HERE’S HOW TO STAIN OVER AN EXISTING STAIN | 12 TIPS TO HELP YOU ACHIEVE A PERFECT STAINED FINISH FOR YOUR FURNITURE AND STAINED WOOD PROJECTS | YOUTUBE TUTORIAL
Hi sweet friends! Do you have an existing piece of stained furniture that you’d love to restain but don’t want to strip off the old finish? Or maybe you stained a piece of furniture and thought you picked the perfect stain color/shade but then realized it wasn’t what you wanted. Did you live with it? Or decide to sand it down and start from scratch? I’ve had both scenarios happen and I’ve learned that re-staining furniture isn’t much different than dying my hair. I’ve been blonde, strawberry-blonde, streaked-blonde, red-head, black, and brunette so I know what I’m talking about. 😉
Like any good hair stylist will tell you, you can apply a dark hair color over a light color, but not light over a dark. To go from a dark shade to a lighter shade, you must strip and remove the dark shade first. When it comes to furniture and wood, staining over stain works exactly the same way and today I’m sharing 12 Tips for Staining OVER an EXISTING Stain!
THINGS TO KNOW BEFORE RESTAINING WOOD
Even though it’s possible to stain over an existing stain there are a few things to watch for and keep in mind.
#1. Condition of the Original Stain
Just like painting wood, the original condition of the base and original stain will affect the new stain. If it has any water damage, cracking, peeling, or worn-away color spots, stripping it and starting from scratch is recommended. For example, the table in the pic below was NOT a good candidate for staining over the existing stain. You can see the existing stained finish is in really poor condition. I did end up stripping it and you can see the full before and after here.
#2. Stain Compatibility
The new stain you are applying over the old stain should be compatible. For instance, if it’s an oil-based stain, apply another oil-based stain. If it’s a water-based stain, apply another water-based stain. Incompatible stains can lead to poor adhesion or blotchy and uneven finish. If you’re unsure how to test if an existing stain is oil or water-based, check out this article here.
A total stripping of the finish is NOT required, but even so, a little prep is needed for a professional finish. A good cleaning to remove any oils, dirt, or dust is a must. I like to use my handy White Lightening mixed with a little water in a spray bottle which is a TSP substitute. A light scuff sanding to rough up the existing finish will allow the new stain to adhere better.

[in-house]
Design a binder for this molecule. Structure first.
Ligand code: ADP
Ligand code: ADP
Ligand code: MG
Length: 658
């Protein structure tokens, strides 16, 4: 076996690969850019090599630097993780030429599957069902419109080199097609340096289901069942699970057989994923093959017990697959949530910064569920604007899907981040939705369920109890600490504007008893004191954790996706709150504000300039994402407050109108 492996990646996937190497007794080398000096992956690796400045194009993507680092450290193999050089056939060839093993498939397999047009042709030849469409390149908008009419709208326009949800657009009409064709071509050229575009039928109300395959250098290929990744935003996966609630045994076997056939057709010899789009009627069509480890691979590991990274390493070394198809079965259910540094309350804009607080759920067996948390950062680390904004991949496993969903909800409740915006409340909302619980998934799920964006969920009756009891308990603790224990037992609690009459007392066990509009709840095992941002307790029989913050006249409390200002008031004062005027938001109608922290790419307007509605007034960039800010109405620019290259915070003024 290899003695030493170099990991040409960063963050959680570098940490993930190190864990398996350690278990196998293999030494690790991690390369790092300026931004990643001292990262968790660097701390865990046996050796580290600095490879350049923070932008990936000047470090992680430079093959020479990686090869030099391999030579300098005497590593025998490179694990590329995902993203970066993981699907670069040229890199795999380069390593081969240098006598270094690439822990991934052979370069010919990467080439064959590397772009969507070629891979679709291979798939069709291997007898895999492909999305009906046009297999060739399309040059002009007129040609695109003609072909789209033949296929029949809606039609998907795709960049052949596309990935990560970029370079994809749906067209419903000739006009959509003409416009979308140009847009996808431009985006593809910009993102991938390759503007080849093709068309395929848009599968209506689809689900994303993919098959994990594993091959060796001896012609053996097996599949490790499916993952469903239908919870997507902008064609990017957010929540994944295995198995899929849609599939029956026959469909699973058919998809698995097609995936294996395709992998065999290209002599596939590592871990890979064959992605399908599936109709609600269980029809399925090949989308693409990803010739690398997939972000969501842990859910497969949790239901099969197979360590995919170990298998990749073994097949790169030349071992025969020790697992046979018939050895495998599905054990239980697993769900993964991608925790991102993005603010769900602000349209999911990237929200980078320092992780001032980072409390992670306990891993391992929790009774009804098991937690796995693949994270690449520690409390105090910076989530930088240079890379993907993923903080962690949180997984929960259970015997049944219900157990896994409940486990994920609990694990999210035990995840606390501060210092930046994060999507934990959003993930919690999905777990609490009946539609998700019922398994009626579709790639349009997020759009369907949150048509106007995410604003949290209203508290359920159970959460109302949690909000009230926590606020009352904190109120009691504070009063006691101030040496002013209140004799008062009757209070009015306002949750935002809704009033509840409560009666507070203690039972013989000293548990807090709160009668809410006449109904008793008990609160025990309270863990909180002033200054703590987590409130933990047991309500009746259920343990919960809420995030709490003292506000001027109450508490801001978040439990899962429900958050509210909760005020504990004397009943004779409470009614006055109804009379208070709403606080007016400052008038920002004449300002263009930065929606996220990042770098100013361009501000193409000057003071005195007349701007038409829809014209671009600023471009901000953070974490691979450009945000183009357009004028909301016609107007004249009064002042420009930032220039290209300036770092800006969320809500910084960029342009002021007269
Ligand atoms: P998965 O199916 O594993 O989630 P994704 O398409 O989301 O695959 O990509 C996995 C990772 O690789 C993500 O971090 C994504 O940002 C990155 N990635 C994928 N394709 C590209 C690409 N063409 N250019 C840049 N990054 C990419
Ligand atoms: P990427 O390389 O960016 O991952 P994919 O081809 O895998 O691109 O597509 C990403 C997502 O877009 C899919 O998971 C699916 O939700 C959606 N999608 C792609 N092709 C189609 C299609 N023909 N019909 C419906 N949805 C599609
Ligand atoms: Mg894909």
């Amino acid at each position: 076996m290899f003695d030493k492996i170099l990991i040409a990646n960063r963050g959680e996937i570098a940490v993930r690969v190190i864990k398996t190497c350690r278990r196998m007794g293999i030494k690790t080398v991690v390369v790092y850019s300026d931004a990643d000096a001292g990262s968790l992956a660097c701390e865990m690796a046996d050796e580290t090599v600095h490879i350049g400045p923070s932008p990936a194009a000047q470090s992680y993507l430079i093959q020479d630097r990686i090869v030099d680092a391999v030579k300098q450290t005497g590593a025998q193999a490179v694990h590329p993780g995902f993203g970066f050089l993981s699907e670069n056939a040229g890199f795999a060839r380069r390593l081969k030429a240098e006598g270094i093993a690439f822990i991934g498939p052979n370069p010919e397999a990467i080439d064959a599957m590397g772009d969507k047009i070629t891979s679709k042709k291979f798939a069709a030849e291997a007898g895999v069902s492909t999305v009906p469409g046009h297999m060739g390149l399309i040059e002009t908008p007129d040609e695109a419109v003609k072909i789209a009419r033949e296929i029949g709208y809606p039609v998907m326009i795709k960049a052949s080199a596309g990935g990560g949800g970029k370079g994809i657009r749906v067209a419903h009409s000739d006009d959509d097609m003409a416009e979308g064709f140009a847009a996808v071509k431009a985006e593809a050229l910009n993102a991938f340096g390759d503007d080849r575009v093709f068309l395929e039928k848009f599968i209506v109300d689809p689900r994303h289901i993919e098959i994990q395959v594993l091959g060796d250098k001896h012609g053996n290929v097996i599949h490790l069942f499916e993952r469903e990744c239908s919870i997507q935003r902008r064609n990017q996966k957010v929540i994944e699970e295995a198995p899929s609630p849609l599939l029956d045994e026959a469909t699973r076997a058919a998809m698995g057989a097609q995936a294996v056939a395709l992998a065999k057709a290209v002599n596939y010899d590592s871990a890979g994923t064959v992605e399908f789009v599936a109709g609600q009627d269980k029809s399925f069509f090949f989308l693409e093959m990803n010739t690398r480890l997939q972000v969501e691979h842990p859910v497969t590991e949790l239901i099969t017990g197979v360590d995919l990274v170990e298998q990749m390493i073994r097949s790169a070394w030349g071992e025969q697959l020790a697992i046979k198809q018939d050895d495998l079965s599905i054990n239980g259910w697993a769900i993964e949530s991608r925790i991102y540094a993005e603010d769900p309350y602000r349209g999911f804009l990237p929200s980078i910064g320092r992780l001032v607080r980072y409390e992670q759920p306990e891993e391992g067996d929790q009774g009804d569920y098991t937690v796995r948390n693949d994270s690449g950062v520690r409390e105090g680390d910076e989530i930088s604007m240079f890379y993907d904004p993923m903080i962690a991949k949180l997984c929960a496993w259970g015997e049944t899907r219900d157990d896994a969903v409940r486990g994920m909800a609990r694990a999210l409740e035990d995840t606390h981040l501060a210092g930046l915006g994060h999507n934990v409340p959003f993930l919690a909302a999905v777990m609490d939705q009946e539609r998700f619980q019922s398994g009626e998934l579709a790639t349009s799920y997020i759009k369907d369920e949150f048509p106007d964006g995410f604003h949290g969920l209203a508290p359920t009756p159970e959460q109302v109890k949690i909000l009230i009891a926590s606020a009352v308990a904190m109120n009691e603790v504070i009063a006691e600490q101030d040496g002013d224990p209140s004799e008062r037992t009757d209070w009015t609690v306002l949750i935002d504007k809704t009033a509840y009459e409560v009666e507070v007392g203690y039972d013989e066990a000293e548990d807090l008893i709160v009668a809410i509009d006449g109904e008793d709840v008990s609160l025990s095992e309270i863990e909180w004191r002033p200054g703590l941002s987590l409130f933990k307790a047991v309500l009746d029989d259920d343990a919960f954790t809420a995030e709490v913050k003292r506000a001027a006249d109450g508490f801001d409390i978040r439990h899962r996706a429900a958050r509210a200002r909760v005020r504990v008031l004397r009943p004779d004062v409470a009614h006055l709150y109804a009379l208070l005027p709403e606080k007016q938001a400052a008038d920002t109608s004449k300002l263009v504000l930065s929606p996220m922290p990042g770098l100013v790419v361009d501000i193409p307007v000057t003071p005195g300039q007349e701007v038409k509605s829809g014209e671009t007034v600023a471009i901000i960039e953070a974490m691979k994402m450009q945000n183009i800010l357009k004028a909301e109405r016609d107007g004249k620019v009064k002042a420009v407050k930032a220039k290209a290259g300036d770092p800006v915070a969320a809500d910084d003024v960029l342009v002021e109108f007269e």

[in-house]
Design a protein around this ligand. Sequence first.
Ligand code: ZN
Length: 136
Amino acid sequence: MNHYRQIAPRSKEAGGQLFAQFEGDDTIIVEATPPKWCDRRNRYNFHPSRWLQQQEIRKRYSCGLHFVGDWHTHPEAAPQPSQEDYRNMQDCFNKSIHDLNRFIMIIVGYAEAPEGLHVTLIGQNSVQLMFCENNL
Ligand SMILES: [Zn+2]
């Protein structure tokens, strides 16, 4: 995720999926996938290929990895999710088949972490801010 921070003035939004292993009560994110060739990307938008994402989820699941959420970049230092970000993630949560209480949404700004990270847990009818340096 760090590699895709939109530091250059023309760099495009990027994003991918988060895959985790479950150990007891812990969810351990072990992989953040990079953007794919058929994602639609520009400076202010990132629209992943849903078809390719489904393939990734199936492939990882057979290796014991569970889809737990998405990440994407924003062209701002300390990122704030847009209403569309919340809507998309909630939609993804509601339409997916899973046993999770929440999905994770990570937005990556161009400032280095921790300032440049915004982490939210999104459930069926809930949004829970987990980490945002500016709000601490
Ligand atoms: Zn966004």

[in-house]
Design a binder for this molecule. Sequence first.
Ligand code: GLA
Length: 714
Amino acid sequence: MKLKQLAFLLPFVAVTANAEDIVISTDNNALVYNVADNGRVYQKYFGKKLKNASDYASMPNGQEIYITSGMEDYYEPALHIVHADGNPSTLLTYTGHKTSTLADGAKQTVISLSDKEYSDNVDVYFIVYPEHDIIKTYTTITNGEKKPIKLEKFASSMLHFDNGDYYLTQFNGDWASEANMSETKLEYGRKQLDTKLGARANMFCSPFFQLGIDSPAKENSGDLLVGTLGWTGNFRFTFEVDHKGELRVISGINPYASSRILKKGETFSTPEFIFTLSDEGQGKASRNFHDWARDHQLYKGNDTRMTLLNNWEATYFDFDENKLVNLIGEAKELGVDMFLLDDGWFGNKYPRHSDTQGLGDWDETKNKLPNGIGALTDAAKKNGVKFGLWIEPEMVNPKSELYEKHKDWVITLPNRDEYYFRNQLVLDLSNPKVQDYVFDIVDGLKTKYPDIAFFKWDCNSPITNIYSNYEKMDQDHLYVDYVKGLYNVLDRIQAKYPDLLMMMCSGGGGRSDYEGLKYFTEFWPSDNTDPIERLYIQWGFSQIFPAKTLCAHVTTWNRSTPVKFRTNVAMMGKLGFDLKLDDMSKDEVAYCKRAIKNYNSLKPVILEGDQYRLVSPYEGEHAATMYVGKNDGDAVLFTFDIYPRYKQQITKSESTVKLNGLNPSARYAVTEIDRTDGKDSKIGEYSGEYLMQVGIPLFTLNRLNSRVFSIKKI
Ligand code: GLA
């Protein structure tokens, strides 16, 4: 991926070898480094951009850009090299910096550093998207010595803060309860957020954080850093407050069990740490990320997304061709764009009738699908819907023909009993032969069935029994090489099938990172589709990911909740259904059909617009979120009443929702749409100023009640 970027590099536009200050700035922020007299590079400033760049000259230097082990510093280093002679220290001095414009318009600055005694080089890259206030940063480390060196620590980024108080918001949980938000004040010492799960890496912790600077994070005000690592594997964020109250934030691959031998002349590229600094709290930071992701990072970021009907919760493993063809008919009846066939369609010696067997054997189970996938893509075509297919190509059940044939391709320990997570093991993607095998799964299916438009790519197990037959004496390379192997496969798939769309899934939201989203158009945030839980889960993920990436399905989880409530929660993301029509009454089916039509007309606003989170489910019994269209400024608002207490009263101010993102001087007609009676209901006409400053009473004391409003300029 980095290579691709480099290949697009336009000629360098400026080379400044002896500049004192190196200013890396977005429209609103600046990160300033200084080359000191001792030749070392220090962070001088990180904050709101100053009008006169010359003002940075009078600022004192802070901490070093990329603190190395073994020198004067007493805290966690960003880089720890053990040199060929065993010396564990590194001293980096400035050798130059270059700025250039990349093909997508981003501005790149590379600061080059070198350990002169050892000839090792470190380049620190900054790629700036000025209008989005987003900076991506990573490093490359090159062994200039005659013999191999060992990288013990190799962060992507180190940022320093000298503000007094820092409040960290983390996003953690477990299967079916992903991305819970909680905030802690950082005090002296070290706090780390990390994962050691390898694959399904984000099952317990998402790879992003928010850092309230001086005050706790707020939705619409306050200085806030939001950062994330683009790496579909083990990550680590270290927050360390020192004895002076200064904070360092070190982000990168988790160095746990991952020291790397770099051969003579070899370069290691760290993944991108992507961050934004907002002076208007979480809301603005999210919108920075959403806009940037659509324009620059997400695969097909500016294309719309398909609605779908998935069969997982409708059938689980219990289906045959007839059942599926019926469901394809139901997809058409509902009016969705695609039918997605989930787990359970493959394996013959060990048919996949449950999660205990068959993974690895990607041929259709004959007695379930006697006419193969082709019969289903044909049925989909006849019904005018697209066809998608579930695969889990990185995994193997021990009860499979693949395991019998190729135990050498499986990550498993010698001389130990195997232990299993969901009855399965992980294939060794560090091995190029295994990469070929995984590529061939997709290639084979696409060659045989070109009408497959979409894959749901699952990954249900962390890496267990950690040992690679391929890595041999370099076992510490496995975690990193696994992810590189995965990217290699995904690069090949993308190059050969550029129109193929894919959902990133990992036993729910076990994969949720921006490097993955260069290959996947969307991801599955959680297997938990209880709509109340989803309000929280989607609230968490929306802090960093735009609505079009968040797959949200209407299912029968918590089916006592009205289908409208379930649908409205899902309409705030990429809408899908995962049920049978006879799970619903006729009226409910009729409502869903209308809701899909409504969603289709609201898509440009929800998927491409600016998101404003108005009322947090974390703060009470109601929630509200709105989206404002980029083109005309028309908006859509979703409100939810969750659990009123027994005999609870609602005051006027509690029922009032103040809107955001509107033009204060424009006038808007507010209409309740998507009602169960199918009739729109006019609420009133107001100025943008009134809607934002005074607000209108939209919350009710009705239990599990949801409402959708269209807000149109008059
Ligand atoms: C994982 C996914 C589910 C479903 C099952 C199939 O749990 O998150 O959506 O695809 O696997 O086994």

#4. Test First
I always test in an inconspicuous area before applying my stain over the stain. This lets me see the ‘new’ color and shade the stain will create. Keep in mind it will NOT be the exact shade or color that is depicted on the can because you will see some of the old stain finish coming through.
I’ll add the other 8 tips below but first here’s what happened with these road-rescued tables! [Updated June 27/2023]
Today, while trying to turn two dirty scratched road-rescue tables into “Country-Charm”, I chose Peacan Minwax for the tops. Once applied, I decided I wanted to stain the tops much darker. What I didn’t want was the hassle of stripping and sanding all the wood over again.
I was feeling adventurous so I applied Dark Walnut Minwax stain over the already stained Pecan wood. It worked beautifully!
STAINS I USE & RECOMMEND
The end result didn’t turn out the exact shade/color which is shown on the Dark Walnut Minwax label, but, somewhat warmer due to the golden tones of the Pecan underneath. Seeing as I’m not trying to get an exact match to any existing furniture, no biggie… and I quite like the warm tones coming through.
THINGS I’VE LEARNED FROM RESTAINING WOOD
#5. Dark Stain Over Light Stain
Staining over stain is easy and works beautifully if you’re applying a dark stain over a lighter stain on the wood. Remember, it’s the same principle as dying your hair! This rule applies to oil-based stains, water-based stains, and gel stains.
#6. Mixing Stains
You can mix 2 or more stains together to make DIY custom stain color and shade. So long as you are mixing the same type of stains. eg water-based with water-based, oil-based with oil-based, and gel stains with gel stains. You do NOT want to cross-mix stains!
#7. Be Aware Of The Undertones